Developing essential professional skills: a framework for teaching and learning about feedback
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Henderson, P., Ferguson-Smith, A., & Johnson, M. (2005). Developing essential professional skills: a framework for teaching and learning about feedback. https://doi.org/10.1186/1472-6920-5-11
Abstract Background The ability to give and receive feedback effectively is a key skill for doctors, aids learning between all levels of the medical hierarchy, and provides a basis for reflective practice and life-long learning. How best to teach this skill? Discussion We suggest that a single "teaching the skill of feedback" session provides superficial and ineffective learning in a medical culture that often uses feedback skills poorly or discourages feedback. Our experience suggests that both the skill and the underlying attitude informing its application must be addressed, and is best done so longitudinally and reiteratively using different forms of feedback delivery. These feedback learning opportunities include written and oral, peer to peer and cross-hierarchy, public and private, thereby addressing different cognitive processes and attitudinal difficulties. Summary We conclude by asking whether it is possible to build a consensus approach to a framework for teaching and learning feedback skills?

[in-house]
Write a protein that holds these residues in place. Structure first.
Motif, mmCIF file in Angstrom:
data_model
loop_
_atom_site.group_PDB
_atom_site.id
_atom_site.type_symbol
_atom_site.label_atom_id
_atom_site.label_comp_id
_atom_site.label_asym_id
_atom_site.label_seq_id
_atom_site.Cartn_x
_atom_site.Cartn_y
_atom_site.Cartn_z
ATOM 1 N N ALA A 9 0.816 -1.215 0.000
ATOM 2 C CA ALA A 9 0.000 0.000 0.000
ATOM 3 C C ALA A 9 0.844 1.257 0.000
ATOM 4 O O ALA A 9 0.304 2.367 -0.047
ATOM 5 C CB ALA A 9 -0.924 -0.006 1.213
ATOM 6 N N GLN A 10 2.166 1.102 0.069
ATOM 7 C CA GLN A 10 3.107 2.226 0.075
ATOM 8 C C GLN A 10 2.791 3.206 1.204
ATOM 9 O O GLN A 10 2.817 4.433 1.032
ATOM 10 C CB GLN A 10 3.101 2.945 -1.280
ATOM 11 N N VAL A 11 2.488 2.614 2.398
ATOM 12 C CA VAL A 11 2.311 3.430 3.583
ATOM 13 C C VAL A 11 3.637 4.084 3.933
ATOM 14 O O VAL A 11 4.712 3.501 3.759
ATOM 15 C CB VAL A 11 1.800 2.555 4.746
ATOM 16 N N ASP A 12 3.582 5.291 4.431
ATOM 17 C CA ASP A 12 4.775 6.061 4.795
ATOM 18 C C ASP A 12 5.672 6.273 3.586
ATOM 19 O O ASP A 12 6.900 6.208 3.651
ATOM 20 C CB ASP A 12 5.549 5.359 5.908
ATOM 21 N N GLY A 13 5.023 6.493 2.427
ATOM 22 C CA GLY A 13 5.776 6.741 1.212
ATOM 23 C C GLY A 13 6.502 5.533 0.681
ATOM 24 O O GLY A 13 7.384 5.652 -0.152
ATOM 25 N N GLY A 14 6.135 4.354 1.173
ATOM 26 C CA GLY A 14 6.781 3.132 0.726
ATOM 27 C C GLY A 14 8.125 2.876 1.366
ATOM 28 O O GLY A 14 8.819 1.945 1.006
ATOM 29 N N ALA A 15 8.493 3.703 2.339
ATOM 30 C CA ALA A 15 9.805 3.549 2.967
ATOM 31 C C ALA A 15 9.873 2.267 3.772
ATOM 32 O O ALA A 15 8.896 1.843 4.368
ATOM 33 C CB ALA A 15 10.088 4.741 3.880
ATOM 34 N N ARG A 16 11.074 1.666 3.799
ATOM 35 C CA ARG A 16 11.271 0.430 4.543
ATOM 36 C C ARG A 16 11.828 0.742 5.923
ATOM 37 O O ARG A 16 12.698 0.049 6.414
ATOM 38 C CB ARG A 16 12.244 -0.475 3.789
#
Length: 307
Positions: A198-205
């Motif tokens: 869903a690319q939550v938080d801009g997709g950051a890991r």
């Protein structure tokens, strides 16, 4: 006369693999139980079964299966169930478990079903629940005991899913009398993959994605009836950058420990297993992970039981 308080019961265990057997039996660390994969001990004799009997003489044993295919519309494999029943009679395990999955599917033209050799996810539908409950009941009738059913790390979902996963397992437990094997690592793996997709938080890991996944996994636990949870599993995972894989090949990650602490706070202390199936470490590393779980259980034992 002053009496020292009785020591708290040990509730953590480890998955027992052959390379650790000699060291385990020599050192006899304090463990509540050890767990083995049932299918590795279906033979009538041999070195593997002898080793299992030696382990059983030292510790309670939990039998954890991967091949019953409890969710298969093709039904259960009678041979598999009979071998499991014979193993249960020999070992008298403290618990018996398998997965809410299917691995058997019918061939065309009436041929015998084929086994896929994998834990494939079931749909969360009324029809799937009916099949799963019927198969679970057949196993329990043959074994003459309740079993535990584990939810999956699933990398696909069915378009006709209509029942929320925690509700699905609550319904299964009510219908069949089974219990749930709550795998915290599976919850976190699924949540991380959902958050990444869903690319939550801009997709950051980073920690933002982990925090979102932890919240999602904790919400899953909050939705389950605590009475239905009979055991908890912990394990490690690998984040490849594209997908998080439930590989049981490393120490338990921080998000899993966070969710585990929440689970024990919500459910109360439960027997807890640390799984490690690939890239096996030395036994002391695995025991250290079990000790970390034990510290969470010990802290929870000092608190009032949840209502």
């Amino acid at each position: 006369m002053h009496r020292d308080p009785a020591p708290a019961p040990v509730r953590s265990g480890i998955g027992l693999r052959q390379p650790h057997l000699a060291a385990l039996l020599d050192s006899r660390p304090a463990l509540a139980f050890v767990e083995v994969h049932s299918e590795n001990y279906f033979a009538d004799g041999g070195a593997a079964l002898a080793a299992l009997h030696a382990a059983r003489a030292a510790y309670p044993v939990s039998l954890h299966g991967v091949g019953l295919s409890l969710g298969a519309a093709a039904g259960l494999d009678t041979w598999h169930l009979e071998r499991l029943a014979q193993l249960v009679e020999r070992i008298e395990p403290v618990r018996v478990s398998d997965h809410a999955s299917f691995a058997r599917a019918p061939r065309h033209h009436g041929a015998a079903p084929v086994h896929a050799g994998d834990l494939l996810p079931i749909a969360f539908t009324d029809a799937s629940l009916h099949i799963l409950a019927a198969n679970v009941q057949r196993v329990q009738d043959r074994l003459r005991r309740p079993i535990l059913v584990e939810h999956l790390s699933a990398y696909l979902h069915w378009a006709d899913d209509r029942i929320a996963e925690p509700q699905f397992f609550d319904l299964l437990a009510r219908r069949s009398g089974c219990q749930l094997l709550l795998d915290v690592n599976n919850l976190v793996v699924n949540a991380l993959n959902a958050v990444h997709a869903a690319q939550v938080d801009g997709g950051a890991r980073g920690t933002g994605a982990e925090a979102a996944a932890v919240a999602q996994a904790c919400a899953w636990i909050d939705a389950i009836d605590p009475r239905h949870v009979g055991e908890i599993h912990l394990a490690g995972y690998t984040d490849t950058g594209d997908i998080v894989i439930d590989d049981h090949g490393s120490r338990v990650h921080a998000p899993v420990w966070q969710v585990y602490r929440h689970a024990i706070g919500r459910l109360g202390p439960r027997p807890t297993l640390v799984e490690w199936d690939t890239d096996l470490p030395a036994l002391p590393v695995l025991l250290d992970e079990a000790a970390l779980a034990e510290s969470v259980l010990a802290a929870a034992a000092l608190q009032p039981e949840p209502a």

External DOI: https://doi.org/10.1186/1472-6920-5-11
This record's URL: http://www.dspace.cam.ac.uk/handle/1810/238104
Rights Holder: Henderson et al.; licensee BioMed Central Ltd.